On Monday, the media reported that one of Nigeria’s leading biscuit maker, Beloxxi Industries Limited had received an investment of about $80 million from a group of private equity investors led by rock star Bob Geldof .
Geldof’s fund 8 Miles, was said to have acquired a minority stake and is looking to expand its investments in Africa. This is a pretty good source of news for an economy that has been gloomy.
Last year, United Biscuits one of the world’s largest biscuit market and makers of Mcvities also purchased a stake in A & P Foods, one of the leading biscuit manufacturers in Nigeria. A & P Foods produces biscuits from Ikeja, Lagos and is owned by the Assudamal Group (Vaswani Brothers). The company owns the Haansbro biscuits brand and also produces chewing gum, boiled sweets and toffees.
These are what you can classify as a foreign direct investment and more preferable to the transient foreign portfolio investments that most countries loathe.
For a lot of Nigerians looking at these investments and wondering why biscuit? Well this piece of information may change your mind about the positives of the biscuit market in Nigeria.
- Biscuits are mostly made of wheat flour, which is considered healthy and can be sourced locally
- The raw materials and ingredients used for manufacturing biscuits also include, palm oil or vegetable fat, and sugar.
- However, local manufacturers also have to import the food ingredients and additives used for making biscuits. These are not considered major ingredients making this a largely locally sourced market for raw materials.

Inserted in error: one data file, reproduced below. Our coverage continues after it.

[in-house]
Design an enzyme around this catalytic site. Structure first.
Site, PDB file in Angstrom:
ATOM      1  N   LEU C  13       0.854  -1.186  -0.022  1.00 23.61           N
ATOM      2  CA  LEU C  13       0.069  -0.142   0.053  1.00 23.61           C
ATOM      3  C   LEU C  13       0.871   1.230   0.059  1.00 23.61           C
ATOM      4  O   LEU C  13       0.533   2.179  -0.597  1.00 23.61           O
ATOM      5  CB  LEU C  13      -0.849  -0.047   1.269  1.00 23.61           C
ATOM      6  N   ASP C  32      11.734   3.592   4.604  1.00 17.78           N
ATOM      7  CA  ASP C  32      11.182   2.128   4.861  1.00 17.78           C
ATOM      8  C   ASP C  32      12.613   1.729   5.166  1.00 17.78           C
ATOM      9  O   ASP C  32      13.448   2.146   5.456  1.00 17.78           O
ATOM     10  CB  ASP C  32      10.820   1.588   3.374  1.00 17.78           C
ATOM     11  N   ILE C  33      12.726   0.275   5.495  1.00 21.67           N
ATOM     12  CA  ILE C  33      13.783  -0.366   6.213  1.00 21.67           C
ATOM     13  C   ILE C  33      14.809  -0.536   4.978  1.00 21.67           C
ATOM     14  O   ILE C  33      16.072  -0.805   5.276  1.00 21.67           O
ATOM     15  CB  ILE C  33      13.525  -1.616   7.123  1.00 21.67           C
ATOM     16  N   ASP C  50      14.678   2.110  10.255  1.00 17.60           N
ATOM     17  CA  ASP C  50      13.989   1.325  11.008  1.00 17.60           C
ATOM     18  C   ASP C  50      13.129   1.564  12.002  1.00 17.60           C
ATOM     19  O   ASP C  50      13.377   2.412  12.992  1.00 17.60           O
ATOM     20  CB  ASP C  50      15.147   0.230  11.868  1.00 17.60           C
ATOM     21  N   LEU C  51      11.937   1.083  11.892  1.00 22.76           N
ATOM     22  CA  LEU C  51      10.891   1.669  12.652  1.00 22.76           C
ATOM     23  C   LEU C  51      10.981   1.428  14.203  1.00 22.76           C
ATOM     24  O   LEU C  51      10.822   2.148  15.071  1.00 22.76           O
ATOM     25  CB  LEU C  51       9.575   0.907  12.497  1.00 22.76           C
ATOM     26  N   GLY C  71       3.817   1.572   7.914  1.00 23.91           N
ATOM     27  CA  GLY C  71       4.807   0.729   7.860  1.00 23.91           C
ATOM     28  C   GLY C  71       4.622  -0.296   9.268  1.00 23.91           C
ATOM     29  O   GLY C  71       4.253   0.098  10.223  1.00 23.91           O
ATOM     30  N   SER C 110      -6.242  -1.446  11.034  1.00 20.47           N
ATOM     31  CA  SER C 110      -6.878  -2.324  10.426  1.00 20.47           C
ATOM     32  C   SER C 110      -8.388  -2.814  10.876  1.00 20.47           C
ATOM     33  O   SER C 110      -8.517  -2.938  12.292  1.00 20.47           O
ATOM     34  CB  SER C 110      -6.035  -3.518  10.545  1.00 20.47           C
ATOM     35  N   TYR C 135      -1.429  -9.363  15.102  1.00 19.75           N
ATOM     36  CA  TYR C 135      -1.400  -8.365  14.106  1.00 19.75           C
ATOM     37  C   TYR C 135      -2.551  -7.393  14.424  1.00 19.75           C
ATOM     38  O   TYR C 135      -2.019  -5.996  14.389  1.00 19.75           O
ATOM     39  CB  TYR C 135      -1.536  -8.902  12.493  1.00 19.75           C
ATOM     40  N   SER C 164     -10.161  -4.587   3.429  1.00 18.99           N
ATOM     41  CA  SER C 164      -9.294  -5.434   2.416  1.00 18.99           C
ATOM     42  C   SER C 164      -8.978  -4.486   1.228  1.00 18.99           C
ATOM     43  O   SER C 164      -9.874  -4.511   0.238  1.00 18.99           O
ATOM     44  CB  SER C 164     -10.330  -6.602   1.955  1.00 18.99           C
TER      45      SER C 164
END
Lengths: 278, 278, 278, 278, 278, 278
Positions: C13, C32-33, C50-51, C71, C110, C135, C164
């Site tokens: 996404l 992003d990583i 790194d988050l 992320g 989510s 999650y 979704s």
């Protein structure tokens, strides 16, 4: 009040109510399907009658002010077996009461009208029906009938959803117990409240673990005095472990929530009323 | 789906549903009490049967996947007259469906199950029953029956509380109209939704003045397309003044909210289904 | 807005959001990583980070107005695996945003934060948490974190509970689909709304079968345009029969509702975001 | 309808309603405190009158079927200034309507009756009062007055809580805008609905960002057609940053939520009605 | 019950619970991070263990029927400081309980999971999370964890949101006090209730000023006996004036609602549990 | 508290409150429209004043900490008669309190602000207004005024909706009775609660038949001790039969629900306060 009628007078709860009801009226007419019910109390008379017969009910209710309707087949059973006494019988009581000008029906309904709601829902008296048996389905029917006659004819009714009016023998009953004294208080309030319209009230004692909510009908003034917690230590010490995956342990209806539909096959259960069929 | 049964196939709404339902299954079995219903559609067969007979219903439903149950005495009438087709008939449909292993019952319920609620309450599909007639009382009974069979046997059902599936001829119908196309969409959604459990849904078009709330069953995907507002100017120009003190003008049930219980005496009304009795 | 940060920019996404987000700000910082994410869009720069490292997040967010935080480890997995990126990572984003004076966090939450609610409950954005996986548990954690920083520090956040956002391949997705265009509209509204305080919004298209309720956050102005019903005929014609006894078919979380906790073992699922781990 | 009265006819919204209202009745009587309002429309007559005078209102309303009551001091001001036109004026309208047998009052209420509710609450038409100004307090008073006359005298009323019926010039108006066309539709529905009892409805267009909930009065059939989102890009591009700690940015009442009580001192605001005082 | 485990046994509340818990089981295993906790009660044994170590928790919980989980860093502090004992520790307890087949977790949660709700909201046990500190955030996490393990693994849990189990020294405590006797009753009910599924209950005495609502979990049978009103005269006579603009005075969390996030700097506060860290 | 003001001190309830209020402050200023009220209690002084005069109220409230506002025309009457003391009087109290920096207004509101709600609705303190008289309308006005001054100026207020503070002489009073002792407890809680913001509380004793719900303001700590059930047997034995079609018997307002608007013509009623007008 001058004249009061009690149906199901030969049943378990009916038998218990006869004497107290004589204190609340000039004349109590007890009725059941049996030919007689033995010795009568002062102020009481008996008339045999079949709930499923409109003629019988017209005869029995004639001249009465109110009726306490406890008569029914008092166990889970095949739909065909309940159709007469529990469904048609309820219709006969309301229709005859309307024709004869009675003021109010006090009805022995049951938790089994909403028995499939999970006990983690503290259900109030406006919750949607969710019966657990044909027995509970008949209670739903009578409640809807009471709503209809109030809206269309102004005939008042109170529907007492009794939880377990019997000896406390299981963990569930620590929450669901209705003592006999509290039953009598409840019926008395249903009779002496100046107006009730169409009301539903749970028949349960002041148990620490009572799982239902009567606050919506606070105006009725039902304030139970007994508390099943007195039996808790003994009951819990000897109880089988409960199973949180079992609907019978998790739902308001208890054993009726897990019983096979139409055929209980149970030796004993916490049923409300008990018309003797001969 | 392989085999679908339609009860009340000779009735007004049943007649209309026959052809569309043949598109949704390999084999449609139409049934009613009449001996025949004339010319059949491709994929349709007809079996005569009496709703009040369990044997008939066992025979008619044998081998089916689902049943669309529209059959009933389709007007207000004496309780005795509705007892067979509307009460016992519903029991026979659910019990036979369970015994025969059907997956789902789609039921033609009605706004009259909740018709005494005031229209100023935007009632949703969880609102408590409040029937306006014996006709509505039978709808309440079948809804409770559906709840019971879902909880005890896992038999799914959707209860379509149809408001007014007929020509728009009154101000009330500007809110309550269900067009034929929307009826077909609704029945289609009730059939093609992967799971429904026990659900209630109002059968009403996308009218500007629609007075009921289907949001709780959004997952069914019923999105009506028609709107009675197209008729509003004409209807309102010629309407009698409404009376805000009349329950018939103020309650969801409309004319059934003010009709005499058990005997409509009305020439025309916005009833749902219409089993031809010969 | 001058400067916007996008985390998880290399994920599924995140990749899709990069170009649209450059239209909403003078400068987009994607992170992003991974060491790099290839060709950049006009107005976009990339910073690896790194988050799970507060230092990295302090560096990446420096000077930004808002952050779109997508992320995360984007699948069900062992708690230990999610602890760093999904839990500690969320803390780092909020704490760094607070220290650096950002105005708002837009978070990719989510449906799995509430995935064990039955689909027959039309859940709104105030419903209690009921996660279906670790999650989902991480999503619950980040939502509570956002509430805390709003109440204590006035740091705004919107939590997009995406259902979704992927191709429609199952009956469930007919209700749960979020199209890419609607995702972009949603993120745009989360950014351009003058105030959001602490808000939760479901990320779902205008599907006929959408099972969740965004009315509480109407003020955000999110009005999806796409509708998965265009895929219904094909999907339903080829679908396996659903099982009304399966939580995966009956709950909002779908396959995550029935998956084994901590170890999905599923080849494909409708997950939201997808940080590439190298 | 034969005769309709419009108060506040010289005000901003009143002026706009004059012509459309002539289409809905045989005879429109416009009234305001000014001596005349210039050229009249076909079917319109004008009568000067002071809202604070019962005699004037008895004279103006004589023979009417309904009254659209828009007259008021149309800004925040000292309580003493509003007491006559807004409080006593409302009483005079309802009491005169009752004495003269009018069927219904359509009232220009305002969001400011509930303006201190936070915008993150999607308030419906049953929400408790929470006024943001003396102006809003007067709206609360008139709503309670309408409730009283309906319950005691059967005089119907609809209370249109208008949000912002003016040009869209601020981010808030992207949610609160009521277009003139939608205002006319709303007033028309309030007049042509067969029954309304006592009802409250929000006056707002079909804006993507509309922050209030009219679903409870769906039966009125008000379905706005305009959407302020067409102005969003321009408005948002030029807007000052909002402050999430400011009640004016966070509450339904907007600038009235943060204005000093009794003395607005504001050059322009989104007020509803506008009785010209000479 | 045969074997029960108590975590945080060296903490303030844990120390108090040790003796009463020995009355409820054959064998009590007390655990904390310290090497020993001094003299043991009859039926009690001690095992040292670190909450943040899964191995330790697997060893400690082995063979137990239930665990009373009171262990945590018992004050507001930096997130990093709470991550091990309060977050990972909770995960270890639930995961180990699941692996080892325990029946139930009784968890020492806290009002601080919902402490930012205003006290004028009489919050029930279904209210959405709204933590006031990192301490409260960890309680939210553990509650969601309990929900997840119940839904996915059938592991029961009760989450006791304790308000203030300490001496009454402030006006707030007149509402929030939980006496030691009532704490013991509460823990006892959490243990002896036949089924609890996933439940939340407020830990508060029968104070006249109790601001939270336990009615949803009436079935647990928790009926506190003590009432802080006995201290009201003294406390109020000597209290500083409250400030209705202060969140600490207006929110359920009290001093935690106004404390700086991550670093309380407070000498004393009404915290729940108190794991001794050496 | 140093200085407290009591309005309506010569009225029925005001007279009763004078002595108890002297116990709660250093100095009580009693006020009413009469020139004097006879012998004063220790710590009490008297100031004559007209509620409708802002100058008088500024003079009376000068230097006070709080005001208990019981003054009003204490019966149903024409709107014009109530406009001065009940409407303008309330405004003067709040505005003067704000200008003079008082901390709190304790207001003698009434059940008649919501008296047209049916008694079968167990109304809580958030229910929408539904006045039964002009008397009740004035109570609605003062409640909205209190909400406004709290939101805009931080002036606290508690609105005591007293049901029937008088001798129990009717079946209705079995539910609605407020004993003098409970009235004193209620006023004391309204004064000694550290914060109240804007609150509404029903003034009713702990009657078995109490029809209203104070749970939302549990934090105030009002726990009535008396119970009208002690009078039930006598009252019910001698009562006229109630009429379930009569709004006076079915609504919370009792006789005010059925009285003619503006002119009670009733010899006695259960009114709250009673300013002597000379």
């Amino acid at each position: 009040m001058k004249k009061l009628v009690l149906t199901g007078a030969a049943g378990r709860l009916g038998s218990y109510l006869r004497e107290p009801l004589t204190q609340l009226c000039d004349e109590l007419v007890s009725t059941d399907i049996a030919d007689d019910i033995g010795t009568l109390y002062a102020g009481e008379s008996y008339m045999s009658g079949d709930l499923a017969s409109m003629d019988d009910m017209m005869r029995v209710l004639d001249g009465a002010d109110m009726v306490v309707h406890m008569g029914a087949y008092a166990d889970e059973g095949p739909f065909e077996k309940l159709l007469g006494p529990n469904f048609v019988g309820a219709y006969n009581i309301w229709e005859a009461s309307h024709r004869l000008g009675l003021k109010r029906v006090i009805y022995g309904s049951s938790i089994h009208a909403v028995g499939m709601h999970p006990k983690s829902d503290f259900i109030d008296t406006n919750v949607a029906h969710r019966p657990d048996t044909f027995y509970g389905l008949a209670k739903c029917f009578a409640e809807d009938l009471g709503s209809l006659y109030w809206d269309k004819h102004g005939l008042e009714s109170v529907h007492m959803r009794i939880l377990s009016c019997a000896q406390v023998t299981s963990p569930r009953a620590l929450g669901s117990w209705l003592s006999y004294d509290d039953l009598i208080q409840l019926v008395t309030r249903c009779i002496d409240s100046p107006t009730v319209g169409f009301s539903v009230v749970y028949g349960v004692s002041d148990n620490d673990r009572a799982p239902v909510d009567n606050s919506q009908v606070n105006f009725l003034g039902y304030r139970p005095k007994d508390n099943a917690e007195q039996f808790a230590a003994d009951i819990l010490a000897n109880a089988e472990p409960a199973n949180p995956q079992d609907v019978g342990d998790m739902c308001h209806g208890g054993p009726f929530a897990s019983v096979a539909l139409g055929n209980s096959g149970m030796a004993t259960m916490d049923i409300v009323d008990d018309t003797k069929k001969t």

- Biscuits are a whole some food and also very rich in common nutrients and can be preserved for a long time.
- The biscuit market is largely manufacturing as most biscuits (about 50%) are made in Nigeria.
- Out of the several brands of biscuits in Nigeria, the Yale brands is said to own about 38% market share. Yale brands
- Local manufacturers of biscuits are said to own about 50% of the market share with the rest going to biscuit importers.
- According to Deli foods there exits about sixteen biscuit manufacturers (not sure of date of this claim) operating in Nigeria
- They also claim that biscuit consumption in Nigeria is estimated between 450,000 to 500,000m.t.annually
- Biscuit manufacturing is said to have soared from an annual growth rate to 1-2% to 20% “due to the ban on Importation of biscuits”
- Biscuits manufacturers also employes thousands of Nigerians. For example, Beloxxi employs about 2,300 people and operates through a network of some 400 distributors
- Nigeria’s biscuit sector is said to be growing at an annual rate of 10 to 15 percent
- The growth rate is mostly driven by Nigeria’s rising population growth
- Population growth is also further complimented by an increasingly urbanized market.
- The price point for biscuit, which goes for as low as N50 per packed puts it at a range that is payable by majority of Nigeria who live on much less than $1 (N300) per day.
- The local varieties are grouped into three categories of biscuit and are as follows:
- Soft Dough biscuits – Digestive, Glucose e.t.c
- Hard Dough semi sweet cabin, marie, coaster etc
- Cream Crackers naturally fermented or chemically aerated, salty or sweet.